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An e-newsletter from the Nuclear Decommissioning Authority

"Pigs" might clean pipes

15 July 2009

An innovative pipe-cleaning technique could save money and time as well as minimise waste. 

The NDA commissioned Bristol University to investigate using ice to clean pipes on nuclear sites. Sellafield Ltd and Magnox North Ltd also contributed to the work with funding and support of the practical work on sites.

Other industries use 'pigging' to clean pipe walls by pushing a solid plug-like object (known as a "pig") through a pipe.

What is novel about this new approach to pigging is the innovative use of crushed ice in water, known as "Ice Pigging" and patented by Bristol University. Crushed ice "pigs" can negotiate bends or minor changes in pipe work.

Once a quantity of ice has been pushed into the pipe to form a "pig", water pressure then pushes it through the pipeline. As the pig is pushed through the pipeline, it doesn't lose its shape, allowing it to clean the entire pipe surface. This results in a highly fast and efficient system, improving on conventional methods, not just by cleaning the pipes and reducing time taken, but also dramatically reducing the cost per metre.

Ice pigging has the potential to accelerate work already identified in Site Licence Company Lifetime Plans, while protecting the health and safety of workers and significantly reducing the amount of radioactive effluent that might have been generated by previous pipe-cleaning techniques. It does not require special purpose-built launch or receive stations, and unlike a fixed size, solid pig it will not get stuck if the pipe is partially obstructed.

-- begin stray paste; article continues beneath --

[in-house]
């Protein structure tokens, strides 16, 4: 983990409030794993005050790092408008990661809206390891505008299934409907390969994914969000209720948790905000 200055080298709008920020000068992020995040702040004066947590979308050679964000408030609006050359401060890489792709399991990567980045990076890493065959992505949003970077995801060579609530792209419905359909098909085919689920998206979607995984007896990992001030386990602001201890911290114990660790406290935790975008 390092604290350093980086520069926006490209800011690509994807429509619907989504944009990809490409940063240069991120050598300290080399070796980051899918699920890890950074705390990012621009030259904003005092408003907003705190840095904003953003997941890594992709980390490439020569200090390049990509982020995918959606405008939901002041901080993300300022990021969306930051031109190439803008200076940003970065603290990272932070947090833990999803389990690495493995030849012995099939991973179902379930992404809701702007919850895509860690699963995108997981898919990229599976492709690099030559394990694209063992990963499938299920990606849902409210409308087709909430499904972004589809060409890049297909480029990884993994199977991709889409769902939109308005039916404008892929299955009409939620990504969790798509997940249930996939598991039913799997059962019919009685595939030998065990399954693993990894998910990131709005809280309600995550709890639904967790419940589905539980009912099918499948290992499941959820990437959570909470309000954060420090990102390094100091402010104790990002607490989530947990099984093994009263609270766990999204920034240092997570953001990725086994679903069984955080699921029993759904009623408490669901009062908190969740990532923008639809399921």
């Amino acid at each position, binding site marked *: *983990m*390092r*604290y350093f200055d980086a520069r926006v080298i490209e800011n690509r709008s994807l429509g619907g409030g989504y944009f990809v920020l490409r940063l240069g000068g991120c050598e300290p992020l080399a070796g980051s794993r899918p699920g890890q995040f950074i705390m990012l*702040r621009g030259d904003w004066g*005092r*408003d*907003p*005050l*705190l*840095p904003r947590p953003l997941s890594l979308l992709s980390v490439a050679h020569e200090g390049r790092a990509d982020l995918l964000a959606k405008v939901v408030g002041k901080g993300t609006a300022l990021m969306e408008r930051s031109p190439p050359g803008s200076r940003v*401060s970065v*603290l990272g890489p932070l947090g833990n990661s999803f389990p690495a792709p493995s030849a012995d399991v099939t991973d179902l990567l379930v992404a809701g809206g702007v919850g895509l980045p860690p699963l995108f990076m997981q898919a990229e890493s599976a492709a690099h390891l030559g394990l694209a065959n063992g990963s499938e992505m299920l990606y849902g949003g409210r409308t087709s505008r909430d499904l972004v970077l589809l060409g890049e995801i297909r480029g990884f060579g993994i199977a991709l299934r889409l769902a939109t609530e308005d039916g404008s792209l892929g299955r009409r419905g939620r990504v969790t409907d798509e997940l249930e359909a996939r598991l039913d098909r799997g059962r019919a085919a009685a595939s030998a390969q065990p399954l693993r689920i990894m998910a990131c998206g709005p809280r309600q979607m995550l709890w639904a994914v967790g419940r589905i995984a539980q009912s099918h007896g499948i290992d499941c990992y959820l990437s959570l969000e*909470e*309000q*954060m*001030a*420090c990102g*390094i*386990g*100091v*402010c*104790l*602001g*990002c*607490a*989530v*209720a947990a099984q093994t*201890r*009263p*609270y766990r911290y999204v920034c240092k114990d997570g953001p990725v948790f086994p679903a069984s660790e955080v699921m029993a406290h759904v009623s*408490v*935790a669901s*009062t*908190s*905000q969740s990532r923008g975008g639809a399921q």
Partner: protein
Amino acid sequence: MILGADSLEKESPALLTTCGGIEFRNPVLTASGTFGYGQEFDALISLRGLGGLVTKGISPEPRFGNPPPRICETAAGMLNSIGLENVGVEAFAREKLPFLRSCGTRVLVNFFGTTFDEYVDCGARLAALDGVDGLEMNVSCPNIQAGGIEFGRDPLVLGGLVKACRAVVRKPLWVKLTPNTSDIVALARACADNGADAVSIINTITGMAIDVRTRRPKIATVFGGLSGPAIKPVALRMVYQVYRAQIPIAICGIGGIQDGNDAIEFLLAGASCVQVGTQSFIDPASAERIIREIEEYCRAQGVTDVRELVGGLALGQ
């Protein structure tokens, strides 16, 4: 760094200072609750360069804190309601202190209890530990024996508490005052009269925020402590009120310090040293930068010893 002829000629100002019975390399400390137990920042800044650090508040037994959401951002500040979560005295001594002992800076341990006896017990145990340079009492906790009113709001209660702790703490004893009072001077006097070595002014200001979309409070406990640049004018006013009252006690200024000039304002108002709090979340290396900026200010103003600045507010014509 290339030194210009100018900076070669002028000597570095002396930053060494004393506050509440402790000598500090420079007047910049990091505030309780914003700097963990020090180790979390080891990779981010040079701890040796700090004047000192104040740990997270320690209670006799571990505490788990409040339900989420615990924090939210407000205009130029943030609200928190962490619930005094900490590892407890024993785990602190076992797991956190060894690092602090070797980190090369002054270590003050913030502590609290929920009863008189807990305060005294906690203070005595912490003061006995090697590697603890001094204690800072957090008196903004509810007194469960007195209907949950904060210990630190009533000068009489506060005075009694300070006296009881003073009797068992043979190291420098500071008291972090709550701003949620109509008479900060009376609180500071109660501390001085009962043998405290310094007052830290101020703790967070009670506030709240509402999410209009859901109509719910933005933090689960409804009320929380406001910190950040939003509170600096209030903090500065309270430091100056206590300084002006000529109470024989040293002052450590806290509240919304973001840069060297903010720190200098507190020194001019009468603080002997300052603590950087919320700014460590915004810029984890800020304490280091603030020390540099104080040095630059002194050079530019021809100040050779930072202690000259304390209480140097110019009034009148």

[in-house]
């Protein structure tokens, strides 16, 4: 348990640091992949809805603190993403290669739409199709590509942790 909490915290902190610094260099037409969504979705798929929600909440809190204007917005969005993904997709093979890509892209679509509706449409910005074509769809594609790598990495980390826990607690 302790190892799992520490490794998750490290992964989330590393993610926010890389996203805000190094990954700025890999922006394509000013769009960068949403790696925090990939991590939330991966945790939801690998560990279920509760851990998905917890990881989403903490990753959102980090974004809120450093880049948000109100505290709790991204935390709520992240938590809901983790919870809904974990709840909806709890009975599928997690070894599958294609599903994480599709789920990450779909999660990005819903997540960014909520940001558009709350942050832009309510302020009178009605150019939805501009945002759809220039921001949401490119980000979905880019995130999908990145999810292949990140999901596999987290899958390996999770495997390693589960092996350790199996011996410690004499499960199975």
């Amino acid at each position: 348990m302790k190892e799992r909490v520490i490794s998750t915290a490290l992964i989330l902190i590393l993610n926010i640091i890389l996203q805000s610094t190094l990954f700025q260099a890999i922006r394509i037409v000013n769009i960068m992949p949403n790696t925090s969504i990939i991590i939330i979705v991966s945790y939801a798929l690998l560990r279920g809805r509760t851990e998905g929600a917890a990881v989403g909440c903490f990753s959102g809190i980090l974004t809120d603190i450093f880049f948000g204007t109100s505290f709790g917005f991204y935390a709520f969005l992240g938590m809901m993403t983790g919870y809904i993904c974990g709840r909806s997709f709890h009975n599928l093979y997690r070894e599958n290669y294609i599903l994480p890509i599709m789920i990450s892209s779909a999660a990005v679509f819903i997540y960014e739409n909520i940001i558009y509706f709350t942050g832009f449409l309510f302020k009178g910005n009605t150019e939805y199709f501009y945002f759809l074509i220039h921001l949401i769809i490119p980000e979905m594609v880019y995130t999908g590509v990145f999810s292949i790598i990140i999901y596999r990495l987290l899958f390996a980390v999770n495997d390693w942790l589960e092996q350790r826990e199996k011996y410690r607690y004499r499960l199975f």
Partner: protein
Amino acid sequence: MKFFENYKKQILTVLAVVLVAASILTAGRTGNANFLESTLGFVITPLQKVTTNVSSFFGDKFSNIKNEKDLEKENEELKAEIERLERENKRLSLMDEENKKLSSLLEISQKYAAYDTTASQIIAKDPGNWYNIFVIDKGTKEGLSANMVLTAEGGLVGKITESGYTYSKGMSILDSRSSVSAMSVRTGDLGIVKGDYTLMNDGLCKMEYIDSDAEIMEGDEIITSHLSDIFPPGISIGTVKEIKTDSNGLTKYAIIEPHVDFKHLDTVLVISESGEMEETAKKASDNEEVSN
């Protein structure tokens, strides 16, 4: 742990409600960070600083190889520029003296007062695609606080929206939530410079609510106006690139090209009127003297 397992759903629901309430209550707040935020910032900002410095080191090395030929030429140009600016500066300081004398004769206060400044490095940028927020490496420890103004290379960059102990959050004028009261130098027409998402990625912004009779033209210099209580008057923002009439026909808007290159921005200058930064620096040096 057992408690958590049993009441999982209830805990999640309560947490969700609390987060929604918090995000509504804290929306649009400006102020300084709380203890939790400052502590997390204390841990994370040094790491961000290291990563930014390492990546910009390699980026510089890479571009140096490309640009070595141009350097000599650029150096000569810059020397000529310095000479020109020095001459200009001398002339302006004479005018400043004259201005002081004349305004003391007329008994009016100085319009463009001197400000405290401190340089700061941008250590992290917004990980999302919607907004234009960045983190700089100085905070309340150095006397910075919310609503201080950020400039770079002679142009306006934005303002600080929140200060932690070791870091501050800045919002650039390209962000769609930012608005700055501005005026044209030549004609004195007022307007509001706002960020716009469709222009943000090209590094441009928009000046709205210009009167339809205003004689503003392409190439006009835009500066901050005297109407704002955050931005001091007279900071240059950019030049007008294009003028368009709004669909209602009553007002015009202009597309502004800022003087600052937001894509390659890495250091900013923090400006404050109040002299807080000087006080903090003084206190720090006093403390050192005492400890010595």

Professor Joe Quarini, Professor of Process Engineering at Bristol University, said:

"I am particularly pleased that the ice pigging technique can be applied to nuclear decommissioning with such environmental benefits."

Dr Melanie Brownridge, NDA Head of Research and Development, said:

"We are always looking at the ways in which other industries use innovative technologies and how these techniques might be transferred to the challenges we face in nuclear decommissioning.

"Bristol University presented us with a technical solution to a common decommissioning challenge. As a result we can share this technique across the Site Licence Companies to accelerate decommissioning and achieve cost savings, where possible, whilst also benefiting from a reduction in production of radioactive waste."